The controversy in the Albany Unified School District over school time took another turn last week. The District decided to freeze a recent Board resolution on the issue after negotiations with the Albany Teachers’ Association.
“It’s a compromise,” said Board President David Glasser. “We decided that it’s in the best interest of the district after we weighed alternatives. ”
The School Board passed a resolution to increase school time at three elementary schools in Feburary after a number of fierce debates. Many teachers passionately opposed the decision. The Albany Teachers’ Associaton called on its members to participate in protest actions in early March.
“ATA members will no longer attend after school committee meetings unless monetary compensation is received, ” the Assocation said in a leaflet it distributed to teachers.
Many teachers have stopped attending Site Council or curriculum meetings since then, according to Loring Barker, President of the ATA.
“We’ve already done so much work beyond contracted time… but the Board did not respect us and insisted on adding an extra 20 minutes,” Barker said.
Glasser said that the District is allowed to increase the school time without teachers’ agreement, according to his understanding of the current contract. But it might take the district a couple of years to go through labor arbitration procedures to solve the dispute. Thus the Board and district administrators decided to table the issue till the next contract negotiation, which is about two years away.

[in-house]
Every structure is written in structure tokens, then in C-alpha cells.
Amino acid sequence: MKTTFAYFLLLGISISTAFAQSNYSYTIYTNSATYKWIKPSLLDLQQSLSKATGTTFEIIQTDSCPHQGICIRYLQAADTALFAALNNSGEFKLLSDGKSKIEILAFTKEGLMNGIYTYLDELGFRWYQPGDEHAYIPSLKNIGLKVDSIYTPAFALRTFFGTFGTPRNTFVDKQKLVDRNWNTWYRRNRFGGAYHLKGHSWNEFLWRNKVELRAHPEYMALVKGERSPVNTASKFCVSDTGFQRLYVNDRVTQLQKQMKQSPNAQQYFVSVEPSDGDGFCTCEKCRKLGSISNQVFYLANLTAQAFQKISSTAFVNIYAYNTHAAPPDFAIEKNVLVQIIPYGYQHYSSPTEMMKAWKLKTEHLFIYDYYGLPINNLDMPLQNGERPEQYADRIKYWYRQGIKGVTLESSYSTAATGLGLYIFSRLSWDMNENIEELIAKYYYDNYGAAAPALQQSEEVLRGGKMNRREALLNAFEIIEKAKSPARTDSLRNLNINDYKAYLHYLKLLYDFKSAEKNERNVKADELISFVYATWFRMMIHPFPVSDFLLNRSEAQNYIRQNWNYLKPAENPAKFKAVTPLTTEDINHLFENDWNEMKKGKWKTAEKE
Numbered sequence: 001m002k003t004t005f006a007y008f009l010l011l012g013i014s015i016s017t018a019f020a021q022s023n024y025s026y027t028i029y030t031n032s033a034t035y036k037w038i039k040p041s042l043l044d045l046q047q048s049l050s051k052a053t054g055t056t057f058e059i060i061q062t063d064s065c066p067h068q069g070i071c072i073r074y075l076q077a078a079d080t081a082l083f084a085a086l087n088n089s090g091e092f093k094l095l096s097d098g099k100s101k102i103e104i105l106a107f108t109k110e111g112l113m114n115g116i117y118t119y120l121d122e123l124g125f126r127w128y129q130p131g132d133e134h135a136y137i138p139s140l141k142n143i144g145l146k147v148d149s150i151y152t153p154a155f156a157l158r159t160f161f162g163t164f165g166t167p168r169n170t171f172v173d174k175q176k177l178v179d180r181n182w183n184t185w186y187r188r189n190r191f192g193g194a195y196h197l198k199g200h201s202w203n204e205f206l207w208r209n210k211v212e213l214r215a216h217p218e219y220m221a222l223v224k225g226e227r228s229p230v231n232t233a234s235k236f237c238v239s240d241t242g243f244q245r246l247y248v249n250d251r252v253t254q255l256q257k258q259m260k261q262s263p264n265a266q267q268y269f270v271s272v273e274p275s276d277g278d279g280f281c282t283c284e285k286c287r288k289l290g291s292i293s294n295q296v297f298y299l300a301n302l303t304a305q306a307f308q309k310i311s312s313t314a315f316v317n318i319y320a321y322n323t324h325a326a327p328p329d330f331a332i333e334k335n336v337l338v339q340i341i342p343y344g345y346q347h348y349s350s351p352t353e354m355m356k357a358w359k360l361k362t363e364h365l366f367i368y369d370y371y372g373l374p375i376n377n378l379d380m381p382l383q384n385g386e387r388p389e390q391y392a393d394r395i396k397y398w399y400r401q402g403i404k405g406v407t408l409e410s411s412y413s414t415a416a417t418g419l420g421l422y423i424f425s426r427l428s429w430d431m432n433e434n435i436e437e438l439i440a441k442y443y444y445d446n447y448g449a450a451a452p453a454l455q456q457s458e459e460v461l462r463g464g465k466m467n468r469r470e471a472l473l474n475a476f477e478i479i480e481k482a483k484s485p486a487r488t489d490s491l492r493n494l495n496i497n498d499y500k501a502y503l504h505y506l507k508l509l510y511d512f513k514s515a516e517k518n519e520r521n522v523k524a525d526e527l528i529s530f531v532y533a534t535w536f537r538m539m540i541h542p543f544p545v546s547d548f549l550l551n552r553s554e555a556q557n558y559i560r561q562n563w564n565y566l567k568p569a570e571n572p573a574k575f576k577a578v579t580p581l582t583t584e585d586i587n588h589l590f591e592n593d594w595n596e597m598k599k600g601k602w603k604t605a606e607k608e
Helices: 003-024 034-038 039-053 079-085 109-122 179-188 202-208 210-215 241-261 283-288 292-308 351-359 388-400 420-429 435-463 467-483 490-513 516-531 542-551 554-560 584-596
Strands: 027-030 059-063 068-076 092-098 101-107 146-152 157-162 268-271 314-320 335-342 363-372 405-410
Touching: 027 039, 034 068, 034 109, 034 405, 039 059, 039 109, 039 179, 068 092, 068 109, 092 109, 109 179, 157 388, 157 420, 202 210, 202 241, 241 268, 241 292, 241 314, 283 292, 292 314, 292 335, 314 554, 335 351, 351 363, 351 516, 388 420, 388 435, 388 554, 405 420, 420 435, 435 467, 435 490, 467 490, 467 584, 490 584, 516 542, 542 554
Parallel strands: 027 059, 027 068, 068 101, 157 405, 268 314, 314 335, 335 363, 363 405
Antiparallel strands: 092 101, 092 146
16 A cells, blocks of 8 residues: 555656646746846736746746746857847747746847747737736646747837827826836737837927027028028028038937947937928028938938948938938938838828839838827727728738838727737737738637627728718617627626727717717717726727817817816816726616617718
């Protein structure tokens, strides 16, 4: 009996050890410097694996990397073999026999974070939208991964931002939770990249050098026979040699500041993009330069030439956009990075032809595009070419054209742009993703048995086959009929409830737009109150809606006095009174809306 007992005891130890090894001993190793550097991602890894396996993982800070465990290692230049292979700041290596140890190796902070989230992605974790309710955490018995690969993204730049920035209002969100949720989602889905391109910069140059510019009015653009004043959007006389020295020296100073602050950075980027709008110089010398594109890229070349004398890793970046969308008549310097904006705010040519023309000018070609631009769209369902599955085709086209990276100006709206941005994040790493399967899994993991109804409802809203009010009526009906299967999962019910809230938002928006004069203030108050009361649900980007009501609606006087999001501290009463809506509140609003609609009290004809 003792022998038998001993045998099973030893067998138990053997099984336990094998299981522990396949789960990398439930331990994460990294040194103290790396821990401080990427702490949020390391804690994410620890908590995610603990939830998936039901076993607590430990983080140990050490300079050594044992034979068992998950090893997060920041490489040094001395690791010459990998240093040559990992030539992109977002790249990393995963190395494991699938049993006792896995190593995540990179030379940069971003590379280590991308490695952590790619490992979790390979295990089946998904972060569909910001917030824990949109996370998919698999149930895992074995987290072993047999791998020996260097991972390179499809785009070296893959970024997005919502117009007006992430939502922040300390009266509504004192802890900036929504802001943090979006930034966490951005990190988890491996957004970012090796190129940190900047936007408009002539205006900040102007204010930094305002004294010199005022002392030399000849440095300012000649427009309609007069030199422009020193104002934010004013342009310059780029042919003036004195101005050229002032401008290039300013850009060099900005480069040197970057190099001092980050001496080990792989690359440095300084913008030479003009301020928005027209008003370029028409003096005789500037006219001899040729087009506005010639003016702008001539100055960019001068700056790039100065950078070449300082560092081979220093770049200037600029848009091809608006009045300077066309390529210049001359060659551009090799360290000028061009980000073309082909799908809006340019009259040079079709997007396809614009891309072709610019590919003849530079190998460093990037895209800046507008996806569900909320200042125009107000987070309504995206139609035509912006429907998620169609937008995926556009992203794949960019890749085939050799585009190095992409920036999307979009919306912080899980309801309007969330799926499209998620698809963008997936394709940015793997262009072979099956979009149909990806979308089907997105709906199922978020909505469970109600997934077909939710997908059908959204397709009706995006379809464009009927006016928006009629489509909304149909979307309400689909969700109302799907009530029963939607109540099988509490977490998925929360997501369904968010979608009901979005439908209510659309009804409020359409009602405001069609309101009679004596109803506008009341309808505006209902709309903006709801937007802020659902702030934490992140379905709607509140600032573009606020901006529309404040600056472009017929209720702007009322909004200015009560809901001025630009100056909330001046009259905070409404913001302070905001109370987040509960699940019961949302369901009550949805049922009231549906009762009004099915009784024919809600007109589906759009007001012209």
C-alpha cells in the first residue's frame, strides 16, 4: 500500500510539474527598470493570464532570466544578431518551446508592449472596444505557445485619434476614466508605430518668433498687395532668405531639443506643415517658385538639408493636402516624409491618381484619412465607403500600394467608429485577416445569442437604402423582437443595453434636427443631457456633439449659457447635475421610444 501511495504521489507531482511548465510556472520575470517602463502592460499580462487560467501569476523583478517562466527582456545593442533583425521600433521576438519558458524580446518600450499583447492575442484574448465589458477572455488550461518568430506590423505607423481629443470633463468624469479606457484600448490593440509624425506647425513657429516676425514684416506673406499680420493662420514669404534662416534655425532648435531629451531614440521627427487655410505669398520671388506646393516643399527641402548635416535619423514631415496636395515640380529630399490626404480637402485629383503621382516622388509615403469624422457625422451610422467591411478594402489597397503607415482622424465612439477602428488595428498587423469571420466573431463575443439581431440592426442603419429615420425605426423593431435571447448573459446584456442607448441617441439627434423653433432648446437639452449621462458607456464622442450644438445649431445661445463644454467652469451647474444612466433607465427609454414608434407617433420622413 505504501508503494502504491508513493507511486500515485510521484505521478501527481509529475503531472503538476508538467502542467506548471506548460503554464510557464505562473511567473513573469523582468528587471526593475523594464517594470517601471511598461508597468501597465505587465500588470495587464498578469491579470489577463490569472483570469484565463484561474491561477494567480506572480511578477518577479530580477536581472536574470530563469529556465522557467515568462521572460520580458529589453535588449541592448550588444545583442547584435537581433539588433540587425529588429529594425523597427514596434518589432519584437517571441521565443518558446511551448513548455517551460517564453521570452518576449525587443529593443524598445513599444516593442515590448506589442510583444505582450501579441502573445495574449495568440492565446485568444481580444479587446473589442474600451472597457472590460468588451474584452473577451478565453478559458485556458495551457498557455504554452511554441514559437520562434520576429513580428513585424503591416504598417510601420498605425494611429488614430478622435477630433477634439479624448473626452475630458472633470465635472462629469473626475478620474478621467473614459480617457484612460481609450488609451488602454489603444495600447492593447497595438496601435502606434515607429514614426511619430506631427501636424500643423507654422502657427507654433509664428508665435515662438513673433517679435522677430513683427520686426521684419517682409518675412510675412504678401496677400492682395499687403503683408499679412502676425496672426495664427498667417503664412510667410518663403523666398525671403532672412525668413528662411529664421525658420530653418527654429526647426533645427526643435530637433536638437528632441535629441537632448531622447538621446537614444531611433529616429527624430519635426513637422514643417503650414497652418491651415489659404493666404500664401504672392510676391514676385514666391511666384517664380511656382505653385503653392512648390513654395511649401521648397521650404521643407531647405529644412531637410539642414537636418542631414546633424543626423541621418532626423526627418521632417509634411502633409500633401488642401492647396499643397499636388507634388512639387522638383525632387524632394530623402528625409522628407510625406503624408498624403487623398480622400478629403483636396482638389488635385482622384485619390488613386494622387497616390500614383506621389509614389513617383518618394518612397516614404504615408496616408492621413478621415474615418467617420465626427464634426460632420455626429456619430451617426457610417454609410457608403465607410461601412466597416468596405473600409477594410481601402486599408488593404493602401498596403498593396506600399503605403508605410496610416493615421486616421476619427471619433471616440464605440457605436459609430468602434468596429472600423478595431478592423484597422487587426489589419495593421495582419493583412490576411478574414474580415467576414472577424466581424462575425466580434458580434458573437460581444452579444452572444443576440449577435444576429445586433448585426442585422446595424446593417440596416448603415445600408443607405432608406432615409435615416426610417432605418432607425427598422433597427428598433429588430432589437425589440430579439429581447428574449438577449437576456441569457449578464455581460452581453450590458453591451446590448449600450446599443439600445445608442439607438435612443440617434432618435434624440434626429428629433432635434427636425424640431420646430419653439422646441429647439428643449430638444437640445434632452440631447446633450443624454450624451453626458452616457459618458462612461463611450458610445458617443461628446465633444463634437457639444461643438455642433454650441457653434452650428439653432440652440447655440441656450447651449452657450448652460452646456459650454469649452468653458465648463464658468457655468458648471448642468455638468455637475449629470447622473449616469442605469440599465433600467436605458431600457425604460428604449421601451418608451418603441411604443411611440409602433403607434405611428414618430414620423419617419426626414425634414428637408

“We didn’t agree to take it (the Board resolution) back, ” said Boardmember Ron Rosenbaum. “We agreed not to do anything about it until the next negotiation starts.”
He added that the Board made the decision because handling budget crisis is its top priority right now.
Four Boardmembers approved a memorandum of understanding between the District and the Teachers’ Assocation on shelving the dispute at a closed-door meeting last Tuesday. Glasser announced the action at a public meeting shortly afterwards.
Article by Linjun Fan.
Here are some earlier stories on the dispute published on Albany Today: